Soft bread rolls was the goal of today's class. We began by dissolving fresh yeast with water to form a yeast slurry. All of the breads I've made in the past used instant yeast or active dry yeast, so this was something new for me. Fresh yeast is faster acting than the others but much more perishable so is not usually used outside of commercial bakeries. The other ingredients were added to the slurry and then kneaded in the mixer with a dough hook. The Hobarts are certainly labour-saving and efficient and I hope to have one someday, but I missed the tactile sensations of doing it by hand. We let the dough proof, covered, for about 30 minutes.
Chef had us bring our dough to the front so he could portion them evenly into 36 pieces using a dough divider. It amused me that such a large device has such a singular purpose. He then showed us how to shape different kinds of rolls. First, he made balls by working each piece with the heel of his hand against the countertop. Next, he demonstrated a 4-strand braid. I had seen this described in Peter Reinhart's book, The Bread Baker's Apprentice, but even after making one myself, I'm still fuzzy on the concept. Rosettes or knotted rolls were easier, a simple knot with the other end tucked in. We also made single strand “braids” and snails, two shapes I hadn't done before. Chef also said you could make focaccia out of this dough and proceeded to make several miniature ones. I grimaced knowing that this enriched dough is completely different from the dough used to make the flat Italian bread. After an obligatory eggwash, our rolls were placed in the oven to bake.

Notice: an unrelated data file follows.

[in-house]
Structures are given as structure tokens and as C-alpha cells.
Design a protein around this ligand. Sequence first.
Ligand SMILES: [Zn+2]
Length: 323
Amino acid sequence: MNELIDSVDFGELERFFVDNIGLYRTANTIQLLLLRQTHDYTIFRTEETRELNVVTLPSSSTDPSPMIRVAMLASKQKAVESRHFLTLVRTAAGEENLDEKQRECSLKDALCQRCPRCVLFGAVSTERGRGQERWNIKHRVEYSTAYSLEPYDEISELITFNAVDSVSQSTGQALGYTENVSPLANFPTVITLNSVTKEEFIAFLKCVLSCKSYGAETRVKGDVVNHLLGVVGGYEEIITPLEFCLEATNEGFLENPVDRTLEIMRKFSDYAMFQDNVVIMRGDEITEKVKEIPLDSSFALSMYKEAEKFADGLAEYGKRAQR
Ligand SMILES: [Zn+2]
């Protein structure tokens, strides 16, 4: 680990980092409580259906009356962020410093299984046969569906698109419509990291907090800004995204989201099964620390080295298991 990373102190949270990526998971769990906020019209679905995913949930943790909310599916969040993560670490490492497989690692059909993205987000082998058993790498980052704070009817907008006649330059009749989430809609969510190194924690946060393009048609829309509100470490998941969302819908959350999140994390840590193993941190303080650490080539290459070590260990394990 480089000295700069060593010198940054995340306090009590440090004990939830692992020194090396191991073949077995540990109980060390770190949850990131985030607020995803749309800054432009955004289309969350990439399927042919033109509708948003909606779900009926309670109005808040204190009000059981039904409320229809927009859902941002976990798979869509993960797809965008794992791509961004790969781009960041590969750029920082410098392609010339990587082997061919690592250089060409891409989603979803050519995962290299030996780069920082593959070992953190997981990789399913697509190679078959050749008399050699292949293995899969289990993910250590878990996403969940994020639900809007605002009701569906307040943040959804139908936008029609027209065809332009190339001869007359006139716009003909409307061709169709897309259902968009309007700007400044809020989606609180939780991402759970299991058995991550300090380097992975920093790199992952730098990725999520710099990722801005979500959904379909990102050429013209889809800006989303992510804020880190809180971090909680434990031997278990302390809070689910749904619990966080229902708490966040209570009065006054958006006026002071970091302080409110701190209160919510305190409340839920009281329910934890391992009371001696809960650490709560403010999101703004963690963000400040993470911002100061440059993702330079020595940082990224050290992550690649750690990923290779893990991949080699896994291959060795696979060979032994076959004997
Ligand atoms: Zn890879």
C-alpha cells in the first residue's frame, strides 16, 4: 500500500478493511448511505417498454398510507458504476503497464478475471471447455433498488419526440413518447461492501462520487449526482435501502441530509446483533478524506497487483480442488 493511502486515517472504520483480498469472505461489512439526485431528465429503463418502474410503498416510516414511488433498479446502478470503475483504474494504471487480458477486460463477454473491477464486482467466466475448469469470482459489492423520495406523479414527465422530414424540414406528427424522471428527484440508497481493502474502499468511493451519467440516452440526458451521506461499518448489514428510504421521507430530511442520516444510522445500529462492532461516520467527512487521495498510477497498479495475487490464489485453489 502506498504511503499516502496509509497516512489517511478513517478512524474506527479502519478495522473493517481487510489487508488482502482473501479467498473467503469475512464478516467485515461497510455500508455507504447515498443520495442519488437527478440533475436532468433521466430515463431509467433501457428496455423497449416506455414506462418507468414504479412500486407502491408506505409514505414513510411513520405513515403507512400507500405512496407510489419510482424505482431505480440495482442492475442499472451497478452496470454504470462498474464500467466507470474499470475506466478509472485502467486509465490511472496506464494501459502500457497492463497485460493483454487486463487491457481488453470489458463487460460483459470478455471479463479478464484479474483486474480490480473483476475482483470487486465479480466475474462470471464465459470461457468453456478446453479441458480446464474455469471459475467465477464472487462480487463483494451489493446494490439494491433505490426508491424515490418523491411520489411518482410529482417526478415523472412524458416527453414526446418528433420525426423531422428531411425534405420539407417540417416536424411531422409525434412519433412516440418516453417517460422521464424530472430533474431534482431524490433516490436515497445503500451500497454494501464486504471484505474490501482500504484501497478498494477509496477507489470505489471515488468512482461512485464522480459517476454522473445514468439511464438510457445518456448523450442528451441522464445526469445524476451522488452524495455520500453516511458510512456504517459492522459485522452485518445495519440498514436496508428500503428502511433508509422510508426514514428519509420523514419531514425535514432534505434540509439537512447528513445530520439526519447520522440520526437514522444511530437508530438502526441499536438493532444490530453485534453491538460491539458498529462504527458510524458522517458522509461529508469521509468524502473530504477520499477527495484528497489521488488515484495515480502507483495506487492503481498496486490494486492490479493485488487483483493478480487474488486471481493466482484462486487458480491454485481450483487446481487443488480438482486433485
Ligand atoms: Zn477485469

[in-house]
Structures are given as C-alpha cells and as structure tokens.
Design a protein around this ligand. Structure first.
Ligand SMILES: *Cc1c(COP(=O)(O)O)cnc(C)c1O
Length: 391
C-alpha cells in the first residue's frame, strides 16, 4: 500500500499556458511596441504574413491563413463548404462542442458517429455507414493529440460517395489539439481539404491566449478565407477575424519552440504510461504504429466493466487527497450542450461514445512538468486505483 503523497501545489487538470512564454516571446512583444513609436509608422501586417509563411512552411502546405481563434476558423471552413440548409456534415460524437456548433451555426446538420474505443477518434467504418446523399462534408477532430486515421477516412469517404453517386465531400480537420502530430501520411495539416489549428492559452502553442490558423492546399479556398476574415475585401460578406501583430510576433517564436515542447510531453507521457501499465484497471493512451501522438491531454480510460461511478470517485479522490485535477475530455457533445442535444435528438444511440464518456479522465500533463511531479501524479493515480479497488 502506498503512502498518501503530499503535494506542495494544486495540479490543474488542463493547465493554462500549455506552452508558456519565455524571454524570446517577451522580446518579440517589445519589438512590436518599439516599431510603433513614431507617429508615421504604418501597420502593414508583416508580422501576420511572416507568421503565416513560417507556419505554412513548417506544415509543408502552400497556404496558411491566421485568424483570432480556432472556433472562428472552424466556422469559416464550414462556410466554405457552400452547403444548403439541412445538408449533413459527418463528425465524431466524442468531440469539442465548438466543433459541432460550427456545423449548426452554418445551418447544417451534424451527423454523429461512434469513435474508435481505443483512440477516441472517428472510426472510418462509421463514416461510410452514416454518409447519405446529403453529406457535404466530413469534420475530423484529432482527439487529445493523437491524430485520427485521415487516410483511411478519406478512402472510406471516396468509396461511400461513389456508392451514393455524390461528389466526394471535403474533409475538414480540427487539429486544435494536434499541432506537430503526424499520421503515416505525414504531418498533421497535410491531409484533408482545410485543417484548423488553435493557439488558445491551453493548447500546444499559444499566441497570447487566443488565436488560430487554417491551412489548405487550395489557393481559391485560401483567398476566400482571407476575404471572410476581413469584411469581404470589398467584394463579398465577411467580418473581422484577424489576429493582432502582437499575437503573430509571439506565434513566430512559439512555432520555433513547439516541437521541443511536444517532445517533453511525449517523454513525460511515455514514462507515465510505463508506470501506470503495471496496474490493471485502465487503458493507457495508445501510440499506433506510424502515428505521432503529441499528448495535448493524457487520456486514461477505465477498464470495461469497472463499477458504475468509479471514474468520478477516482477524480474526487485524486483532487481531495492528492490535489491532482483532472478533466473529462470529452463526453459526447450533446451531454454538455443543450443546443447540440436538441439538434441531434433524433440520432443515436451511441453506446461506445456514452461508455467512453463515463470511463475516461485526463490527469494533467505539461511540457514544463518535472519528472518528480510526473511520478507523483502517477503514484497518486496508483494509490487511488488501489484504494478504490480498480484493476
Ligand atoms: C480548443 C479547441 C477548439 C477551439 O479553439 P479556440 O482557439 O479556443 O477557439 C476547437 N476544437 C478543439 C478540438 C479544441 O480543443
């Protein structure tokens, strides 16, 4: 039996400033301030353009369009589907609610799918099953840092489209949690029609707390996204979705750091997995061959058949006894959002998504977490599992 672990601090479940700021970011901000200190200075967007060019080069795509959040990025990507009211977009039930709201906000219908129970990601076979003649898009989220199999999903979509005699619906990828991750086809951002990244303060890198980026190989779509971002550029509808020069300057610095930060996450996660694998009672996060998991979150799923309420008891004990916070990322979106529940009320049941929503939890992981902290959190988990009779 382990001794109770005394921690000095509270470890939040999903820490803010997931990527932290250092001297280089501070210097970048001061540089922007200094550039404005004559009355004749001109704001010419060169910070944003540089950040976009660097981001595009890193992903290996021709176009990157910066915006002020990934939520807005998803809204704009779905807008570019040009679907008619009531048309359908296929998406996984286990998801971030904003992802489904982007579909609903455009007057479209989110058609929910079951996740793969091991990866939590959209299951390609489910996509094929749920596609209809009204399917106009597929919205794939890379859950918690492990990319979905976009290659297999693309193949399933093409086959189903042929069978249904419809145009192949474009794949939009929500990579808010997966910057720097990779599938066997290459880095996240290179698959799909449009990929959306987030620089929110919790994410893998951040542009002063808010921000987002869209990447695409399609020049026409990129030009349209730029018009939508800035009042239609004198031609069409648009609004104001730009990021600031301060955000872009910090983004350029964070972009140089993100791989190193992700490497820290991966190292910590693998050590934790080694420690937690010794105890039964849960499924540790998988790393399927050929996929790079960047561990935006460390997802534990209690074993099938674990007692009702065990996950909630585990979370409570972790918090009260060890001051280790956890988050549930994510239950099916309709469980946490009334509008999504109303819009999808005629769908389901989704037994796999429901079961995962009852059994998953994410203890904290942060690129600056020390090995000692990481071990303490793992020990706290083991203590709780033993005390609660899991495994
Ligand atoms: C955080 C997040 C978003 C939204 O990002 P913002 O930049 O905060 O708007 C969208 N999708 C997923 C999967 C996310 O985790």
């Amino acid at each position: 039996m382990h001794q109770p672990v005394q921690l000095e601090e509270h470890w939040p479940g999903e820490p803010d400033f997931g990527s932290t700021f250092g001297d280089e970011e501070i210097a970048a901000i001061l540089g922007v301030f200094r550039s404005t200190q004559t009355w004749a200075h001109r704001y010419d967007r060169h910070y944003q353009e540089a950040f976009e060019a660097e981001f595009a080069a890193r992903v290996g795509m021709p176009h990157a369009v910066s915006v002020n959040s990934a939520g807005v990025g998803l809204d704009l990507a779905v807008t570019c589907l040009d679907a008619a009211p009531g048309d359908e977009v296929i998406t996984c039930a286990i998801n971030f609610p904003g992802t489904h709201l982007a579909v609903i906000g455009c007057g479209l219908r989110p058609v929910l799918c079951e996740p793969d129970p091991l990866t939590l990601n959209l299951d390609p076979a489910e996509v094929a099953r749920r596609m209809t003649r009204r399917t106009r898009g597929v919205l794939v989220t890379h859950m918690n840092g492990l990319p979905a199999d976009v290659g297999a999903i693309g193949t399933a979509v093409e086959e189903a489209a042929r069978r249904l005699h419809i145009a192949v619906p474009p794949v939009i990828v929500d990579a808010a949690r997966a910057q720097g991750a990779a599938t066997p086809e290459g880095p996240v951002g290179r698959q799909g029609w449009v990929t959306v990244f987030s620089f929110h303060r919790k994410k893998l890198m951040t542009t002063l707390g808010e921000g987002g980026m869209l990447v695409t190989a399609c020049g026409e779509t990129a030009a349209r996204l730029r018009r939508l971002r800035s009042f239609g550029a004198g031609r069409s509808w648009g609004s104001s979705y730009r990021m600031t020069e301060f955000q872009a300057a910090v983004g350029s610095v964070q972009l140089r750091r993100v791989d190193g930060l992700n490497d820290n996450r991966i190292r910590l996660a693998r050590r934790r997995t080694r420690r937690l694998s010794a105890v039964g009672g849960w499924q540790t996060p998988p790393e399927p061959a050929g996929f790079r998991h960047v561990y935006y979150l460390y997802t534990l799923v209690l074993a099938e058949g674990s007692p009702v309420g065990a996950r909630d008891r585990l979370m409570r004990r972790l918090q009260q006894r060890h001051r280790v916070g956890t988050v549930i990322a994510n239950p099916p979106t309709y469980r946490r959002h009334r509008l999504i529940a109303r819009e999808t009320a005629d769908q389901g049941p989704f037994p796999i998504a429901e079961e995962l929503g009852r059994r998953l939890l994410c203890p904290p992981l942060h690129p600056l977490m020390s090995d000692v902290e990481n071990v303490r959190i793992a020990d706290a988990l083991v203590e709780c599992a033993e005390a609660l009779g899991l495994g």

They turned out a bit tough, likely from overhandling, but not too bad. No class next week because of the Victoria Day weekend.